J Clin Neurol.  2011 Mar;7(1):10-18. 10.3988/jcn.2011.7.1.10.

A Common Pathogenic Mechanism Linking Type-2 Diabetes and Alzheimer's Disease: Evidence from Animal Models

  • 1Department of Neurology, Soonchunhyang University College of Medicine, Bucheon Hospital, Bucheon, Korea. sapark@schmc.ac.kr


The failure of large-scale drug trials targeting the amyloidogenic pathway in Alzheimer's disease (AD) is increasing the need to identify a novel pathogenic mechanism. Studies finding a relationship between sporadic AD and type-2 diabetes mellitus (T2DM) are now receiving more attention. The risk for developing both T2DM and sporadic AD increases exponentially with age, and having T2DM doubles the risk of developing AD. The postmortem brains of AD patients show altered activities of insulin receptors and downstream molecules, as well as reduced protein and mRNA levels of insulin. More-recent laboratory research using animal models has identified mechanisms that are shared by diabetes and AD. Exogenous application of streptozotocin, which disrupts systemic insulin secretion, results in insulin deficiency, increased tau phosphorylation, and cognitive impairments that can be reversed by exogenous insulin supplementation. However, AD pathology is more severe in T2DM animal models exhibiting hyperinsulinemia and insulin resistance, and this is not modulated by insulin. The symptoms of this AD pathology included increased tau phosphorylation at multiple sites, increased tau cleavage, and greater neuronal and synaptic damage, even with increased amyloid beta protein production. It has therefore been suggested that hyperinsulinemia and insulin resistance represent major factors underlying AD in T2DM. A recent study involving cross-mating ob/ob and amyloid precursor protein transgenic mice provided evidence that T2DM and AD aggravate each other, and suggested that cerebral vessels constitute an important substrate that is commonly damaged by the two major disorders. Given the evidence provided by animal models, further investigation of the mechanisms underlying T2DM in AD should help to identify potential treatment targets in AD.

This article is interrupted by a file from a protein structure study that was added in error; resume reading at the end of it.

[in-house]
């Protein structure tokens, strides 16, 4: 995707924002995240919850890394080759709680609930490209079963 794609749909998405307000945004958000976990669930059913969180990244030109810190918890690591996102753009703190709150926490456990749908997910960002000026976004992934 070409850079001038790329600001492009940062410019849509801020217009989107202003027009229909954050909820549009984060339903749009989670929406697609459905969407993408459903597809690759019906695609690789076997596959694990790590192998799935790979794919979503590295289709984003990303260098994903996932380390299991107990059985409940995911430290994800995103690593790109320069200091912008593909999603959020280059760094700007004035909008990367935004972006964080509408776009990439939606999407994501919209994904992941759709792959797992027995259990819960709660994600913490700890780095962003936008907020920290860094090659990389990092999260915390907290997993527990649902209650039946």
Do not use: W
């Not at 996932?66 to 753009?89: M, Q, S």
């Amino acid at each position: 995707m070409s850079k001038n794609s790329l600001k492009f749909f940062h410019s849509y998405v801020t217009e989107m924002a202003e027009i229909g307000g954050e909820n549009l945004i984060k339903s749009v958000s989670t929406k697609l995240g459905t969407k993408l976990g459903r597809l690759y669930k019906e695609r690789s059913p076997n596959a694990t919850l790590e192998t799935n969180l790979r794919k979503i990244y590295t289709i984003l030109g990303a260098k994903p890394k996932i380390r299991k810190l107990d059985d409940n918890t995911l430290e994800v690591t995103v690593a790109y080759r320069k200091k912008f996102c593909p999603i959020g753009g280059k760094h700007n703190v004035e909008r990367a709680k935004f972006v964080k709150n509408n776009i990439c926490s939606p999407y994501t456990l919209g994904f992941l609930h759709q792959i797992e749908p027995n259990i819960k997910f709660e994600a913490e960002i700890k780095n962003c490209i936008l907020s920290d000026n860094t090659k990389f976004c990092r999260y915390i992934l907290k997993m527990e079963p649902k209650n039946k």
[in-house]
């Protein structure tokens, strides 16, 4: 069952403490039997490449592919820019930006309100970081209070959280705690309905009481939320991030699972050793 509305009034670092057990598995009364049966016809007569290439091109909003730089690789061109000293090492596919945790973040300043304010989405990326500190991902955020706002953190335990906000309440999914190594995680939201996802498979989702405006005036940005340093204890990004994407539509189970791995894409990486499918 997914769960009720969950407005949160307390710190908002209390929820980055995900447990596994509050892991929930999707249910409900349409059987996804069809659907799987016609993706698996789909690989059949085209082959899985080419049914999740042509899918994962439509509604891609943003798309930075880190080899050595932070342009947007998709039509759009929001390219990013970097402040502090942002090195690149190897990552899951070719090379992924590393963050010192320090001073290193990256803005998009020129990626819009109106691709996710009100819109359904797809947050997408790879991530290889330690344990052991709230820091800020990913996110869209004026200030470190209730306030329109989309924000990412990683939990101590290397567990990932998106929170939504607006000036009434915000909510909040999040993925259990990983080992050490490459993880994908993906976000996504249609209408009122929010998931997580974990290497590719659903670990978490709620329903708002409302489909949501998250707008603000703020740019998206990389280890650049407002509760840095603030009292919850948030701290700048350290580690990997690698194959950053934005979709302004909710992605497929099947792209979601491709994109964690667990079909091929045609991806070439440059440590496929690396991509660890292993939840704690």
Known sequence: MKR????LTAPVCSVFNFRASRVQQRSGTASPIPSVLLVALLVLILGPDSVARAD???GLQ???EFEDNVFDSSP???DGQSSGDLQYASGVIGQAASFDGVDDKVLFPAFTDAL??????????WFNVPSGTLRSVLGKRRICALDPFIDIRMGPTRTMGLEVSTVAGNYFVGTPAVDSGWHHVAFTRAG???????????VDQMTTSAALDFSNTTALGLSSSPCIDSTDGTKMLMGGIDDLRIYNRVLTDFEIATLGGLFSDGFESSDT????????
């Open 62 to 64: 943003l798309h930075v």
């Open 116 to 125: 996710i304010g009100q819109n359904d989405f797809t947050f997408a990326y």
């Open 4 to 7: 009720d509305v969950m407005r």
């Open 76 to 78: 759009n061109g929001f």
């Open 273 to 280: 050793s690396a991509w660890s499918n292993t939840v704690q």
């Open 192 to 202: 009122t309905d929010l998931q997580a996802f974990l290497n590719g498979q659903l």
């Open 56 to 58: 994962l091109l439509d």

Alzheimer's disease; animal model; diabetes; insulin resistance; mechanism
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